Dr. Bridget O’Brien
Topic: Leveling the playing field: How team members use information to alter the balance of power in outpatient teams
Date: Wednesday, December 11, 2013
Time: 12:00pm to 1:30pm (Lunch will be served at DHCC)
- Diamond Health Care Centre 2267
- IRC 305
- MSB 107
- KGH 237
- NHSC 9-374
- Surrey Central City (Manning Room)
Team huddles are one of the signature practices recommended for effective team-based care in a patient-centered medical home (PCMH). Mimicking their function in sports teams, huddles are recommended as a way for team members to coordinate efforts, anticipate challenges, strategize solutions, and reinforce one another’s motivation toward the common goal of delivering efficient and effective patient care. Huddles may also play an important role in workplace learning, though this function has received little attention so far in the literature. In this presentation, I will discuss initial findings from my observations of team* huddles in an academic primary care clinic. The purpose of the study is twofold. First, to explore huddles as a potentially new genre of organizational communication with distinctive purpose and form. Second, to characterize the affordances, or learning opportunities, embedded within the communication occurring in huddles.
*Teams consist of two trainees (1 resident, 1 NP student), one faculty coach, three staff members (a registered nurse, a licensed vocational nurse, and a clerk), and varying interprofessional trainees (e.g., psychology, social work, pharmacy).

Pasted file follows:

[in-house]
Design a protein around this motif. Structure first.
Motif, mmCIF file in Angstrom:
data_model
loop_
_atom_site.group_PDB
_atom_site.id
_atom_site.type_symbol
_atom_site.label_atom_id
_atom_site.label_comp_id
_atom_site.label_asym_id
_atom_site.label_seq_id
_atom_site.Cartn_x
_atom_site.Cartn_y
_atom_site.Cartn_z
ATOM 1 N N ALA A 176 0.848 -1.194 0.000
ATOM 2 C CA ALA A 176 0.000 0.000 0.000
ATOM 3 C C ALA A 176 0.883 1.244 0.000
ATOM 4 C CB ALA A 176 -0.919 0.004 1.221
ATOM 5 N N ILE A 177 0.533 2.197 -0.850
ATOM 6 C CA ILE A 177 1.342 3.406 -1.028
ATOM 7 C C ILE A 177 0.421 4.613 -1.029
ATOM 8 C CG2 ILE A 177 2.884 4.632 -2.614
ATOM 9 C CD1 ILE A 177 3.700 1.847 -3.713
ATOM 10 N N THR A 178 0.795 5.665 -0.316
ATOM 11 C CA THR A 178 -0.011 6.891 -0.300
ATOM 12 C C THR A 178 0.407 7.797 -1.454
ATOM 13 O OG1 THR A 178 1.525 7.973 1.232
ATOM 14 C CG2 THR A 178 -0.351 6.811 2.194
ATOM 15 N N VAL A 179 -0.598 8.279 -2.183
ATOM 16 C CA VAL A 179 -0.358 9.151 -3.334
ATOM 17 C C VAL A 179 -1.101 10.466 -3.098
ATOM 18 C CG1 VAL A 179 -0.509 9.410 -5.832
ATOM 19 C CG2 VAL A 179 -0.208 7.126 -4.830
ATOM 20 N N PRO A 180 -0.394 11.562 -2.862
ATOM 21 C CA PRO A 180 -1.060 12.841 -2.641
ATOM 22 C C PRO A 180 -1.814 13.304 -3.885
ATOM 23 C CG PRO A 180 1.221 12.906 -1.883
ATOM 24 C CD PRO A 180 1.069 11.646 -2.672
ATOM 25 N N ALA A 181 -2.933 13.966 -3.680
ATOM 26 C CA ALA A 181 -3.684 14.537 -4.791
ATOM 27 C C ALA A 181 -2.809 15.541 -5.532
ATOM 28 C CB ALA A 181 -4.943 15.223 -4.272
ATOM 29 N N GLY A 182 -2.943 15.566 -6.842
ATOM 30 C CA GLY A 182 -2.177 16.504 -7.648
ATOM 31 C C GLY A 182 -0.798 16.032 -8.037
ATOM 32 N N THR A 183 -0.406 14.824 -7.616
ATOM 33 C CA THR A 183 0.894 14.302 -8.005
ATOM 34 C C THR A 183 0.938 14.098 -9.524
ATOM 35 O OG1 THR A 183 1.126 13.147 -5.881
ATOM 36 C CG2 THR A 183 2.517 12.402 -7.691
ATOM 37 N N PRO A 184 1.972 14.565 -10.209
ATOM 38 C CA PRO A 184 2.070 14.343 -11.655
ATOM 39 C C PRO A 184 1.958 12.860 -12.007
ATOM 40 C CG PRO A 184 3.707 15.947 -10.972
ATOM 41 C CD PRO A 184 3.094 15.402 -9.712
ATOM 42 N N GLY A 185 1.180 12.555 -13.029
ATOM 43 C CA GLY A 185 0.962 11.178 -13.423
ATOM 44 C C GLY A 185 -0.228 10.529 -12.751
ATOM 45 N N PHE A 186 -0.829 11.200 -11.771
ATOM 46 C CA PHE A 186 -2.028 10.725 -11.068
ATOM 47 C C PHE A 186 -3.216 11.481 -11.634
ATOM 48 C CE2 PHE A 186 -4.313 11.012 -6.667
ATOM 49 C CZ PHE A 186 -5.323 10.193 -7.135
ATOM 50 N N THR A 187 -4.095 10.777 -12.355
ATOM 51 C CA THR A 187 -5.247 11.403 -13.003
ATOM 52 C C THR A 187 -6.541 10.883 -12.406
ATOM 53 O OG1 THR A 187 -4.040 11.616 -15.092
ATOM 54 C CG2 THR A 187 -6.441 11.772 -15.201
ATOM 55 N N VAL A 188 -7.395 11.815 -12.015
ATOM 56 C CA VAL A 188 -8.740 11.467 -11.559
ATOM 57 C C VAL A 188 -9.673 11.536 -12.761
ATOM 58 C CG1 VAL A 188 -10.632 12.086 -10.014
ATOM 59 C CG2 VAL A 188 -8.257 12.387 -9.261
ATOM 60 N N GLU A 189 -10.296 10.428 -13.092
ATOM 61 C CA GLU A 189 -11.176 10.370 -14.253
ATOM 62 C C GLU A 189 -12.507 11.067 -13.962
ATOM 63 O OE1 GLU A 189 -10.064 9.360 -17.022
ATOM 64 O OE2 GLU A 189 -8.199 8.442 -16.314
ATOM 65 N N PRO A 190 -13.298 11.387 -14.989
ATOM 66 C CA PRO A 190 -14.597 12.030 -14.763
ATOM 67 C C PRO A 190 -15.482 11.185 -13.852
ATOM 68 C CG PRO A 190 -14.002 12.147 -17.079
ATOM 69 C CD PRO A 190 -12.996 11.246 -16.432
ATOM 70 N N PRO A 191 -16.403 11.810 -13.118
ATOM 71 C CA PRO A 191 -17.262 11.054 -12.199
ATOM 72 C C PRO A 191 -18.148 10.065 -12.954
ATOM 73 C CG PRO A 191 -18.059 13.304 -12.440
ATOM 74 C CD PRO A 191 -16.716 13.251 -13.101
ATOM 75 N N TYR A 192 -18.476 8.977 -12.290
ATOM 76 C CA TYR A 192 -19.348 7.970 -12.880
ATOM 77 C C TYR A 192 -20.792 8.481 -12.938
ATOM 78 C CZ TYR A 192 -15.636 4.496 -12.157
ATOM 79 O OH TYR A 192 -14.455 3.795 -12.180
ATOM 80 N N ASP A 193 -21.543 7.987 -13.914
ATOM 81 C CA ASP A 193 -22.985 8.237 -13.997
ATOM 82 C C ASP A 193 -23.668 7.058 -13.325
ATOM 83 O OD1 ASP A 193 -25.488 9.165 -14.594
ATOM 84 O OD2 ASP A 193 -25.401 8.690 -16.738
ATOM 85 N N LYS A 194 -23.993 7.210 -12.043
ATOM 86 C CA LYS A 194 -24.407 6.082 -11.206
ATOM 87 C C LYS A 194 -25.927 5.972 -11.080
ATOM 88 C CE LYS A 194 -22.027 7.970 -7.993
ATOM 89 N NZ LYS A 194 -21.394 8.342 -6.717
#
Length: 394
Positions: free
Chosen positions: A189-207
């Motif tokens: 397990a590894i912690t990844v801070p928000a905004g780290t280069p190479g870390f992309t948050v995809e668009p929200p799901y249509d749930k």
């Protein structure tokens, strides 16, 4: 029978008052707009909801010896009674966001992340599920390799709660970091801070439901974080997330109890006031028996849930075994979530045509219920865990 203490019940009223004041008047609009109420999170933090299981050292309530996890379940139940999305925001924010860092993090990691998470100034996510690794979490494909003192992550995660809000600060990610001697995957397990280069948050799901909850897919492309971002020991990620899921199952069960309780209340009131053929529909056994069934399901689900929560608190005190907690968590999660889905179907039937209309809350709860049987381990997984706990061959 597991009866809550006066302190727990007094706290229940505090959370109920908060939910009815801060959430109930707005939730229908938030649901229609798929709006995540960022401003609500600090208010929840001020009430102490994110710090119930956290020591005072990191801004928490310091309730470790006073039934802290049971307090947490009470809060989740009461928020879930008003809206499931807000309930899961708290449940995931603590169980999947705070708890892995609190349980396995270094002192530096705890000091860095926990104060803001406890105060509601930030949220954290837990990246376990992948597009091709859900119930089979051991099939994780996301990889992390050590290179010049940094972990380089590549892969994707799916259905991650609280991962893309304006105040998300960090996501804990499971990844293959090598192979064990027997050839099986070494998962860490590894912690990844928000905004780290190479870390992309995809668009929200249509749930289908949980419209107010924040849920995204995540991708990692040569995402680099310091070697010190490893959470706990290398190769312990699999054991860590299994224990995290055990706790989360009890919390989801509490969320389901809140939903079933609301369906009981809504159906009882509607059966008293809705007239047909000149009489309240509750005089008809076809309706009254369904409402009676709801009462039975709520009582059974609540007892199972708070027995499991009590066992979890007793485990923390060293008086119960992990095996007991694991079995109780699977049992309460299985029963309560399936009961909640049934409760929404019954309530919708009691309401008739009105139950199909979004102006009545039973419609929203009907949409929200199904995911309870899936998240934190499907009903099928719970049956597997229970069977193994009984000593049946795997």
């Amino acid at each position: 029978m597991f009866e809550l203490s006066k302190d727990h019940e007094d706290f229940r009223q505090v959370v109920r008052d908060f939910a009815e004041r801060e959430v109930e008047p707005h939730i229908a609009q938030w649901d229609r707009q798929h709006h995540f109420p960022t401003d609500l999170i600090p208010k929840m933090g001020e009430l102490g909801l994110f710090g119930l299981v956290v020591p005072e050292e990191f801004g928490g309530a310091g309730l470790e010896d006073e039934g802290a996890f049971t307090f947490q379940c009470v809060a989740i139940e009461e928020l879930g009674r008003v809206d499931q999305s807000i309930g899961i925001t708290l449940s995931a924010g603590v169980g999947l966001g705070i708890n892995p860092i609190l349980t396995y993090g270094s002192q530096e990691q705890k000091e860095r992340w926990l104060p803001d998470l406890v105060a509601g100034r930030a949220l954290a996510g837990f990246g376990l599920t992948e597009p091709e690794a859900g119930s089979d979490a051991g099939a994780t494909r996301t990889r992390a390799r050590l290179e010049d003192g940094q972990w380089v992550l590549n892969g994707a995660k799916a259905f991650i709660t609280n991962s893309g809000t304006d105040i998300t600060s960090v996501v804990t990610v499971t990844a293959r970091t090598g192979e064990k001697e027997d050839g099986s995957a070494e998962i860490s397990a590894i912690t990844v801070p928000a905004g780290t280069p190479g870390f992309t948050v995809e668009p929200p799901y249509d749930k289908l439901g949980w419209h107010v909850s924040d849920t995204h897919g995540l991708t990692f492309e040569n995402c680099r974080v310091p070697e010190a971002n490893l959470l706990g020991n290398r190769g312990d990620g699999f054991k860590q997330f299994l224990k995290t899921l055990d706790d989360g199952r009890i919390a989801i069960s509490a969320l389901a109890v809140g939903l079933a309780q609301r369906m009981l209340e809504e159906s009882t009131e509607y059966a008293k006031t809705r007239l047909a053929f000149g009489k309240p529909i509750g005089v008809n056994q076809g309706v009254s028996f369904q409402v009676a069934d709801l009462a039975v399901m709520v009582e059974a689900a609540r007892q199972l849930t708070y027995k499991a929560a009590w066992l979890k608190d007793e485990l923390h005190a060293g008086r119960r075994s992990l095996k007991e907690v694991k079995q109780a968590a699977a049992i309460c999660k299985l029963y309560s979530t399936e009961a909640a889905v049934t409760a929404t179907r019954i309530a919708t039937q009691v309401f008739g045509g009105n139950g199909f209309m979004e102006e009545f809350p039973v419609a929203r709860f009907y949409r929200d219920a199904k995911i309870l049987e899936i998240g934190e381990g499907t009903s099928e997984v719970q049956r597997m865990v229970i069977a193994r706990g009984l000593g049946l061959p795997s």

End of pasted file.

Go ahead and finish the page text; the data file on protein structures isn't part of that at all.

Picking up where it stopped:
Dr. Bridget O’Brien, PhD is an assistant professor in the Office of Medical Education at the University of California, San Francisco where she teaches in the Health Professions Education Pathway and the Teaching Scholars Program. She also directs evaluation for the San Francisco VA Center of Excellence for primary care education. Her current research focuses on workplace learning in the context of longitudinal integrated clerkships, continuity clinics, and interprofessional teambased care. She received her BS from Cornell University, her master’s from the Haas School of Business at the University of California, Berkeley, and her PhD from the Graduate School of Education at UC Berkeley. She was one of the three primary researchers for The Carnegie Foundation’s national study of medical education and is a co-author of Educating Physicians: A Call for Reform of Medical School and Residency.
As an organization accredited to sponsor continuing medical education for physicians by the Committee on Accreditation of Canadian Medical Schools (CACMS), the UBC Division of Continuing Professional Development designates this educational program as meeting the accreditation criteria of the College of Family Physicians of Canada for up to 1.5 Mainpro-M1 credits (per session). This program has been reviewed and approved by UBC Division of Continuing Professional Development. Each physician should claim only those credits he/she actually spent in the activity.
The CHES Research Rounds is a self-approved group learning activity (Section 1) as defined by the Maintenance of Certification program of the Royal College of Physicians and Surgeons of Canada.